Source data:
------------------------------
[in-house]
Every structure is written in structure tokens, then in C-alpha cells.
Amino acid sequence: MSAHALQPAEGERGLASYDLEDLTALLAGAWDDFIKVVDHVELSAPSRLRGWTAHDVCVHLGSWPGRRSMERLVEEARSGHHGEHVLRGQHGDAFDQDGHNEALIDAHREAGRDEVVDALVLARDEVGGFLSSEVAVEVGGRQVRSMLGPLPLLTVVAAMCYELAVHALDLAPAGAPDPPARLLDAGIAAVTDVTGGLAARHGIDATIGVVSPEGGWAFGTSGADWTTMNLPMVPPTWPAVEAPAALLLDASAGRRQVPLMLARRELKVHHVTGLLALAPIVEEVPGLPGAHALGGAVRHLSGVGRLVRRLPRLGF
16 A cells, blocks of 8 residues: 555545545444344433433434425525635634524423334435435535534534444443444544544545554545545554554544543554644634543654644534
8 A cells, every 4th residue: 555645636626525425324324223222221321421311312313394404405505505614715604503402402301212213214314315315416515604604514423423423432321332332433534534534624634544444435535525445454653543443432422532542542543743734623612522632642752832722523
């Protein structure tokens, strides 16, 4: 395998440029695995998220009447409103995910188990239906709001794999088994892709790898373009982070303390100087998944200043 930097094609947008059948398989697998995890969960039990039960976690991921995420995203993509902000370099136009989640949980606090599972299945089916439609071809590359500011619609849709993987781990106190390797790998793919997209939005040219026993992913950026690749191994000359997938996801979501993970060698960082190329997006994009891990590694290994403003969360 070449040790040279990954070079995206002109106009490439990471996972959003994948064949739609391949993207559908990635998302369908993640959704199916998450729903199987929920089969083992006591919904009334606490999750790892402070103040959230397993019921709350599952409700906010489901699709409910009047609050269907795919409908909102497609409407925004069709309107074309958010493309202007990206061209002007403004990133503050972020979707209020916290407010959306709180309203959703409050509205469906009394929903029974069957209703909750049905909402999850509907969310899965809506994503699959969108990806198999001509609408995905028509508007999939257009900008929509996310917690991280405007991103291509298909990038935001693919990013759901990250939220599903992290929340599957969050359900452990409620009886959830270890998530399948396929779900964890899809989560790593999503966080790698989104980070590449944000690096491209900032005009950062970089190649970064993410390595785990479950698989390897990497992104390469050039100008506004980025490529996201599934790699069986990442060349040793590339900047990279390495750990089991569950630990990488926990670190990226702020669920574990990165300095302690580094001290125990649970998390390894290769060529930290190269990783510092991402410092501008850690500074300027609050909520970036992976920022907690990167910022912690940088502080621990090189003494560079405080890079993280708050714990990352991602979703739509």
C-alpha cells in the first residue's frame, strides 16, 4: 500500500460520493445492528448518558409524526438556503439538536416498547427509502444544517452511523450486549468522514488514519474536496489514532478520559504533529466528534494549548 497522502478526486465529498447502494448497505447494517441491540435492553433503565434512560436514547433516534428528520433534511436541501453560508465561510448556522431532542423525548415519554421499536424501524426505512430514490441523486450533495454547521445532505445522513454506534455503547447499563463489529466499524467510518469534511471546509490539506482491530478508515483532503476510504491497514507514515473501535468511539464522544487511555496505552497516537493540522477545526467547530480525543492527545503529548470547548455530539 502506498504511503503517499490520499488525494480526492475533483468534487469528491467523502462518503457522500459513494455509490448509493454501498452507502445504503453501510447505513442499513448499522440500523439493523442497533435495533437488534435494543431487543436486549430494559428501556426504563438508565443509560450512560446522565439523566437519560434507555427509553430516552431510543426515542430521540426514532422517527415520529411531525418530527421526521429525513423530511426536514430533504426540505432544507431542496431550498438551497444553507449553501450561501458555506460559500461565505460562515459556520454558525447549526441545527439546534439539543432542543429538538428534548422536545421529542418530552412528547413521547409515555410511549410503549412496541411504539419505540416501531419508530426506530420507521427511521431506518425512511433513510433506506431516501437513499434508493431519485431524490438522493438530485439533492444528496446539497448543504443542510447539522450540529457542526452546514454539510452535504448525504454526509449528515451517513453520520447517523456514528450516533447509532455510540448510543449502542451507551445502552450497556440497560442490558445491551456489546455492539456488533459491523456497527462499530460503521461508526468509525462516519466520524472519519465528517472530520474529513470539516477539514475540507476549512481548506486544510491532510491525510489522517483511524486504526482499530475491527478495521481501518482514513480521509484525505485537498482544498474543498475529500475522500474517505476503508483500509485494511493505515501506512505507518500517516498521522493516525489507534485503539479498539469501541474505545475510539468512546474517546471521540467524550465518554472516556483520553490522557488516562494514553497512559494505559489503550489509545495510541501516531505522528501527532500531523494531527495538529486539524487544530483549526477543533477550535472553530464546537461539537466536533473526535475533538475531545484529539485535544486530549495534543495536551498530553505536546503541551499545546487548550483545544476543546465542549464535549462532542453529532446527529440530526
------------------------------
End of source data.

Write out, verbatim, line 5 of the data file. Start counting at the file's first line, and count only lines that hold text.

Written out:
8 A cells, every 4th residue: 555645636626525425324324223222221321421311312313394404405505505614715604503402402301212213214314315315416515604604514423423423432321332332433534534534624634544444435535525445454653543443432422532542542543743734623612522632642752832722523